There’s a new report in the news almost every day about one thing or another that’s going to be affected negatively by the fact that the Baby Boomers are turning 60. Personally, I can think of at least one industry that could get richer by paying attention to the older segment of society.
So here’s a heads-up to the designers and manufacturers of ladies’ shoes: Our feet hurt!
We wore our share of stilettos and pointed toes and we loved ‘em. We even danced in Roman sandals in the 1970s, for heaven’s sake, their long laces threatening to come untied with every step. But enough is enough. Most of us just don’t want to do it anymore.
Our feet hurt, and we still want to look pretty. We want more shoes, pretty shoes, dressy shoes, shoes in colors other than black, brown and beige, and we want them with good arches and thick, flat soles. Not stiff, rigid platforms, mind you, but soft soles that provide a cushion between our tender tootsies and the cold, hard ground. And we want a little room in the toes, too.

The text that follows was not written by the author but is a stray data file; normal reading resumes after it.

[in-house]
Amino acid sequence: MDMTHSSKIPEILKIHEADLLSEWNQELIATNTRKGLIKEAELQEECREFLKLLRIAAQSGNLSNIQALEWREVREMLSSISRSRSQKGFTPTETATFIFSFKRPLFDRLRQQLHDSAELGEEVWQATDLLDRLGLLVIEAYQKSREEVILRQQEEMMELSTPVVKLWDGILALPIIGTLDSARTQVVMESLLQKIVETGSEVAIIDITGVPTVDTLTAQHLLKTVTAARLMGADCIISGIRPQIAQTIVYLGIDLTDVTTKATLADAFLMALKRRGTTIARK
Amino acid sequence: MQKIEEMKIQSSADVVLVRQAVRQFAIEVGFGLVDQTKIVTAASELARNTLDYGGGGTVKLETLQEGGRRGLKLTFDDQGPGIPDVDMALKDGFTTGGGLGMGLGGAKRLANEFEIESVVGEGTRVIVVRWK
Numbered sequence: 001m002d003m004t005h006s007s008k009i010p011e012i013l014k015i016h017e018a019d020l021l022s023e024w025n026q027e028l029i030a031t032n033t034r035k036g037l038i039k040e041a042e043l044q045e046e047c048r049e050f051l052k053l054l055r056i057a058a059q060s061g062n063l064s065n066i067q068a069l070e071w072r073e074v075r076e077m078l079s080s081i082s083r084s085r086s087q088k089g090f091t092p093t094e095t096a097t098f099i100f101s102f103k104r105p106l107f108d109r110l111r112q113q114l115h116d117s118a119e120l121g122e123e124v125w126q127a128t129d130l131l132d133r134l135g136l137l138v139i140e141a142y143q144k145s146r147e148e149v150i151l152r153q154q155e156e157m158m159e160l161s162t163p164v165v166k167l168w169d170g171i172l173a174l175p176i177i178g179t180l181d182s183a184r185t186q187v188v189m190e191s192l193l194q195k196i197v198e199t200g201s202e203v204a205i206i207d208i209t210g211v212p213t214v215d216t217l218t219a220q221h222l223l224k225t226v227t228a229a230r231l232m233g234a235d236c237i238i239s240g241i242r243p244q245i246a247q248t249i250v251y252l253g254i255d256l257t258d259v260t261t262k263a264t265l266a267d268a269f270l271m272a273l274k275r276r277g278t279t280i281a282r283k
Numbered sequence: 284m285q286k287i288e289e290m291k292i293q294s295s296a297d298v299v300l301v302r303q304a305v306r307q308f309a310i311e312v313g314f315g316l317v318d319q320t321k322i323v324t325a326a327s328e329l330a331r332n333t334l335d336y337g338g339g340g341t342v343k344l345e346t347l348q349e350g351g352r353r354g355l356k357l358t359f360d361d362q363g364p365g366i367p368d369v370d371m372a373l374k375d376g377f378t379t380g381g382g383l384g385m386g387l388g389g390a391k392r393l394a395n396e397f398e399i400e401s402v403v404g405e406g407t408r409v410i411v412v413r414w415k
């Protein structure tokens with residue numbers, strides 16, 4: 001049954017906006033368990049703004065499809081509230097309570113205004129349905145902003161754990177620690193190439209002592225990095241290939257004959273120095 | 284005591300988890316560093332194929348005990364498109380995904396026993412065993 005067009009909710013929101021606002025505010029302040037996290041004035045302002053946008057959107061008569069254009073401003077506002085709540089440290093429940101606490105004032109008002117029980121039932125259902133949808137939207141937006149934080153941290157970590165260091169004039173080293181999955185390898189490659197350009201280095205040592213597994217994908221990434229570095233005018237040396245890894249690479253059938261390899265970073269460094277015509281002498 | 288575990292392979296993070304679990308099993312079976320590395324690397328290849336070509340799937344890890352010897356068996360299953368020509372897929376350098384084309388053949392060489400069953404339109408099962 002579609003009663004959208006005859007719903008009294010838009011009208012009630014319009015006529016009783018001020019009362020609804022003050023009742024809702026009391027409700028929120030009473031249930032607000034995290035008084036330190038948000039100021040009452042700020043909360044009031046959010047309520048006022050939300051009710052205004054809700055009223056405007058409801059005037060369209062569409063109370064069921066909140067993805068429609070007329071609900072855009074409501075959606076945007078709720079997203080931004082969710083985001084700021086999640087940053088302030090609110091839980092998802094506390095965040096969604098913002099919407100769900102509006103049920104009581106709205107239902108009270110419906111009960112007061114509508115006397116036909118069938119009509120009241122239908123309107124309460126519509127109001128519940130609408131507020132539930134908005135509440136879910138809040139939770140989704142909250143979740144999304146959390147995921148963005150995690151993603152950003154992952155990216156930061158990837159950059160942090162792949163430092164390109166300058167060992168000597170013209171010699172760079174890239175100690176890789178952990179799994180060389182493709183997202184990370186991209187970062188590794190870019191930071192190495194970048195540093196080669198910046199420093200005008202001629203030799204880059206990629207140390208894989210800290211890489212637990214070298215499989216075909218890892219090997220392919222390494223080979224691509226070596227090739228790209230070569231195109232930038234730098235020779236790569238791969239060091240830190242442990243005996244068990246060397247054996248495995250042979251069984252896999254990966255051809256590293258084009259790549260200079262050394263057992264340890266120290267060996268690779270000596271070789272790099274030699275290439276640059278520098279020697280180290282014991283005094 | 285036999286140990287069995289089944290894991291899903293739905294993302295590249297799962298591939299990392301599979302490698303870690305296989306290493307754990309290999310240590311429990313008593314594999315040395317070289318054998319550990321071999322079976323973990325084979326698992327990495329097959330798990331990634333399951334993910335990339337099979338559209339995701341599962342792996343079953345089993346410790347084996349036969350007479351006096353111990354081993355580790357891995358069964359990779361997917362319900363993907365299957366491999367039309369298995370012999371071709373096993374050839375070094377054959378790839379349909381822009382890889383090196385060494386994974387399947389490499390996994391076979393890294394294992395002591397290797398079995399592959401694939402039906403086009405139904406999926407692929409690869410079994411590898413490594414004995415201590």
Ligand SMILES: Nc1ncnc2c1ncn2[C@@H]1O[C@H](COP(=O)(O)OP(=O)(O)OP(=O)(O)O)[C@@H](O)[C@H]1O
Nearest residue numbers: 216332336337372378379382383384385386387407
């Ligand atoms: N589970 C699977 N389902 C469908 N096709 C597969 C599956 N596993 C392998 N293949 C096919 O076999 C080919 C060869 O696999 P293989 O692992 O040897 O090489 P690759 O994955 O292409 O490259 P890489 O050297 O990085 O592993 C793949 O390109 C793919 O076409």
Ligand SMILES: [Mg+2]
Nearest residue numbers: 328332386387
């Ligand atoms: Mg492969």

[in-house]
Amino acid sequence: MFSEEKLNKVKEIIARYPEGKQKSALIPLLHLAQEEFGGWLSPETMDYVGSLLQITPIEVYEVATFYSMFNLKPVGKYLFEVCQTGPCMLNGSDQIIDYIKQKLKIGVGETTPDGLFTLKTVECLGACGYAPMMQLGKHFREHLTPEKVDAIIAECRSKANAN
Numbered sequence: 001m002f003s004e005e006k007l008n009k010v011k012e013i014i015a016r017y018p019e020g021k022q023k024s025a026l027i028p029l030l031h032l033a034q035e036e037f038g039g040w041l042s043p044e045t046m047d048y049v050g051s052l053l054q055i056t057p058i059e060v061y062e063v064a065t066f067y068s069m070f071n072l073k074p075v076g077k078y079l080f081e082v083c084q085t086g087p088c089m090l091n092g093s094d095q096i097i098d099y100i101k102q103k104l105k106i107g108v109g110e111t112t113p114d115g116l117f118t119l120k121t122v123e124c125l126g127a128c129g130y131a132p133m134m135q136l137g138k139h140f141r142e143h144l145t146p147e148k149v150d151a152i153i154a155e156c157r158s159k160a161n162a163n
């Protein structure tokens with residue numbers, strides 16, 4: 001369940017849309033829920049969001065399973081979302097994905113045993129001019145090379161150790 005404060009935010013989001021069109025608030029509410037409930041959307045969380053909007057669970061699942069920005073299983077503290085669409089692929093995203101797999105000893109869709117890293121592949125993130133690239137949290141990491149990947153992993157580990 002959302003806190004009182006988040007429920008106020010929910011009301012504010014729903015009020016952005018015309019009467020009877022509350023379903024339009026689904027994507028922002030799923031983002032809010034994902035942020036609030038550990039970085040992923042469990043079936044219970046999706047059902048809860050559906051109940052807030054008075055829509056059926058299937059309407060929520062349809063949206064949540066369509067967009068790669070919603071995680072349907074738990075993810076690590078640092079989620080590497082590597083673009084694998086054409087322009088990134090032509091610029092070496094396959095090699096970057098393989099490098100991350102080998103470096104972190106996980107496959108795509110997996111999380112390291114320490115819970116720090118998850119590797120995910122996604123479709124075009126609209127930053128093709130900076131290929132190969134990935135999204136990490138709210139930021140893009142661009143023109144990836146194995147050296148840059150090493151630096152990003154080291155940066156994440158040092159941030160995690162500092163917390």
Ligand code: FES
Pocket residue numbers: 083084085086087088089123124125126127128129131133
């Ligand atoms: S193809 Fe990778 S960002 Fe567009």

Please don’t think I’m suggesting that you stop what you’re doing. There’s always going to be a market for the kind of gorgeous footwear that makes a woman’s legs look curvy and sexy. Young women will still buy plenty of them, and we still like to look at them. It's just that we've realized curvy, sexy legs don’t make a woman look better if her face is contorted in pain.
We’re tired of wearing sneakers, sturdy nurses’ shoes, and manly-looking loafers when we plan to be on our feet for hours. We want styles and colors that suit the way we see ourselves, and we want them to feel good when we wear them.
Are you listening, Payless? Can you hear me, Jimmy Choo?